(HealthDay News) — There is no difference in fetal or maternal outcomes among women with preterm premature rupture of membranes who receive azithromycin instead of erythromycin, according to a study published online August 4 in Obstetrics & Gynecology.
Rebecca C. Pierson, MD, from the Indiana University School of Medicine in Indianapolis, and colleagues retrospectively studied data from women with preterm premature rupture of membranes between 24–34 completed weeks of gestation. Women were classified by those who received ampicillin and erythromycin (75 patients) and those who received ampicillin and azithromycin (93 patients).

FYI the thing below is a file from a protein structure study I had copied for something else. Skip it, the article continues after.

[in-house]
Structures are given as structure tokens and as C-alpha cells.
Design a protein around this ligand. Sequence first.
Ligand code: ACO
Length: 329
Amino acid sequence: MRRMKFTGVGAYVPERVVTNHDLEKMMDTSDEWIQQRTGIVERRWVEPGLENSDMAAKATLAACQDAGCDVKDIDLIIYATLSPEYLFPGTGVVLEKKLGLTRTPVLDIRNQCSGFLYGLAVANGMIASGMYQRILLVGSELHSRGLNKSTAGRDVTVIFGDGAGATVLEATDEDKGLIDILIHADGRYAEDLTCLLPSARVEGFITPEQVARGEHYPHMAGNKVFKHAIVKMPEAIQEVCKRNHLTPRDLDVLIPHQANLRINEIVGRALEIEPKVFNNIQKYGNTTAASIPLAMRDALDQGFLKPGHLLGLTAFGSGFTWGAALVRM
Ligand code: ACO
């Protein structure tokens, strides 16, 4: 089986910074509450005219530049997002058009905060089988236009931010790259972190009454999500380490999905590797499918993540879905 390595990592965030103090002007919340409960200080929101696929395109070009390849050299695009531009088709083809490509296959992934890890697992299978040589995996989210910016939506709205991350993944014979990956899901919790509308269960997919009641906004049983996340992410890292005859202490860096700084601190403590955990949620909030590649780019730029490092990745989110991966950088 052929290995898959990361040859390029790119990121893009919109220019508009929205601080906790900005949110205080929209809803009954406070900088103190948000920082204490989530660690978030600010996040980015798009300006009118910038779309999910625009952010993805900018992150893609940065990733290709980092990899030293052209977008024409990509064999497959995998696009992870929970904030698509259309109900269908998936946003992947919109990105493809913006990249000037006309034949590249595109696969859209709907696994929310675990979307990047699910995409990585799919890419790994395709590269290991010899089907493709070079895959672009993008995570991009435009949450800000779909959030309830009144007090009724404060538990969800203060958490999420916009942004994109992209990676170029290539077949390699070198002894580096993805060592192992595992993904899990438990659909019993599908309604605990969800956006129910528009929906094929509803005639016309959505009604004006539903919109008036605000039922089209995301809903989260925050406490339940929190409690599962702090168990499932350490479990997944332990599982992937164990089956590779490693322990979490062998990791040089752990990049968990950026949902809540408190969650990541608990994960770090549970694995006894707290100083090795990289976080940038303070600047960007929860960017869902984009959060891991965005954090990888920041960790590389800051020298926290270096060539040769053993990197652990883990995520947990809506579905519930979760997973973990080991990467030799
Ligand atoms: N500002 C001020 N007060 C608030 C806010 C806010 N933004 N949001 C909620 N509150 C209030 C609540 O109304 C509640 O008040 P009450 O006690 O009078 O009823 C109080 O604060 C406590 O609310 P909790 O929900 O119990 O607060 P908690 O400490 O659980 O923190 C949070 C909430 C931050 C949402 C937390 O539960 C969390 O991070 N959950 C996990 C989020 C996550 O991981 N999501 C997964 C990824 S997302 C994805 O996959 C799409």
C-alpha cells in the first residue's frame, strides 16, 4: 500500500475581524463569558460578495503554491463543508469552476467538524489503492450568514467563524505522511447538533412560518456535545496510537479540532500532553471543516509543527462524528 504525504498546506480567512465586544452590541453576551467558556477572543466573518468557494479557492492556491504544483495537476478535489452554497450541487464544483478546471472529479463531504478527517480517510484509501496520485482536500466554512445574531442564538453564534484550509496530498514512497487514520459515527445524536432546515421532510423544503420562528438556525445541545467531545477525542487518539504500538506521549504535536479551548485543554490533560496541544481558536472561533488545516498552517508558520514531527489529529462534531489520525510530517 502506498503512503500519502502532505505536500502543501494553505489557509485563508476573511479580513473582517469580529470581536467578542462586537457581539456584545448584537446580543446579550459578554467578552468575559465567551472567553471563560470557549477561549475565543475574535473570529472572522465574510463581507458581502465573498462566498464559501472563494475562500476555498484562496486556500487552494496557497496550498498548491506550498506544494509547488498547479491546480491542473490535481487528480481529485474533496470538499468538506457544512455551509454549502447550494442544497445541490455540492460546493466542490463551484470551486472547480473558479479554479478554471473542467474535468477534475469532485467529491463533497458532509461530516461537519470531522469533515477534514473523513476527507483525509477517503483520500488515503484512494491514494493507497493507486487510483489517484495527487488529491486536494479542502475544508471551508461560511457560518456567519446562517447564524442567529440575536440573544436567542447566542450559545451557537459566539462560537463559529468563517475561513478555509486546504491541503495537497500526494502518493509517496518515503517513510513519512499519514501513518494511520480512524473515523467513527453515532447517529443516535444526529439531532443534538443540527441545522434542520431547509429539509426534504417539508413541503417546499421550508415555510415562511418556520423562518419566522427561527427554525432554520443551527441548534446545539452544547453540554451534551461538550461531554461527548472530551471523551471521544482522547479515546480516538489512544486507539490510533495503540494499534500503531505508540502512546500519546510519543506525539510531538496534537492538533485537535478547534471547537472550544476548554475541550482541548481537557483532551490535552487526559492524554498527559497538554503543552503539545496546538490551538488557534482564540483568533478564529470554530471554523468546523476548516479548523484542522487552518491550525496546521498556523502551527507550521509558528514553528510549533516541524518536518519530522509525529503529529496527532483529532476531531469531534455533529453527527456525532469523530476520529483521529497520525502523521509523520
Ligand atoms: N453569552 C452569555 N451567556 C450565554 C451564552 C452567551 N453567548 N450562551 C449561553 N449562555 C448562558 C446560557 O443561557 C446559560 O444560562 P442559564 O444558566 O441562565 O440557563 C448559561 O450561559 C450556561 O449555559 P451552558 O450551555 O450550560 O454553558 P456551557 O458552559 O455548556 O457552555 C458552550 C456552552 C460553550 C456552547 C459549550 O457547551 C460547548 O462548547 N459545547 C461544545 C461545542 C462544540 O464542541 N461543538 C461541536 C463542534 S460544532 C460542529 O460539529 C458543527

The researchers observed no difference in latency (time from first antibiotic dose to delivery) between groups: 9.6 days (erythromycin) vs. 9.4 (azithromycin) days (P=0.40). Rates of chorioamnionitis, cesarean delivery, Apgar scores, birth weight, neonatal death, neonatal sepsis, and neonatal respiratory distress syndrome did not differ between groups.
“Among women with preterm premature rupture of membranes between 24–34 completed weeks of gestation, substitution of azithromycin for erythromycin in the recommended antibiotic regimen did not affect latency or any other measured maternal or fetal outcomes,” the authors write.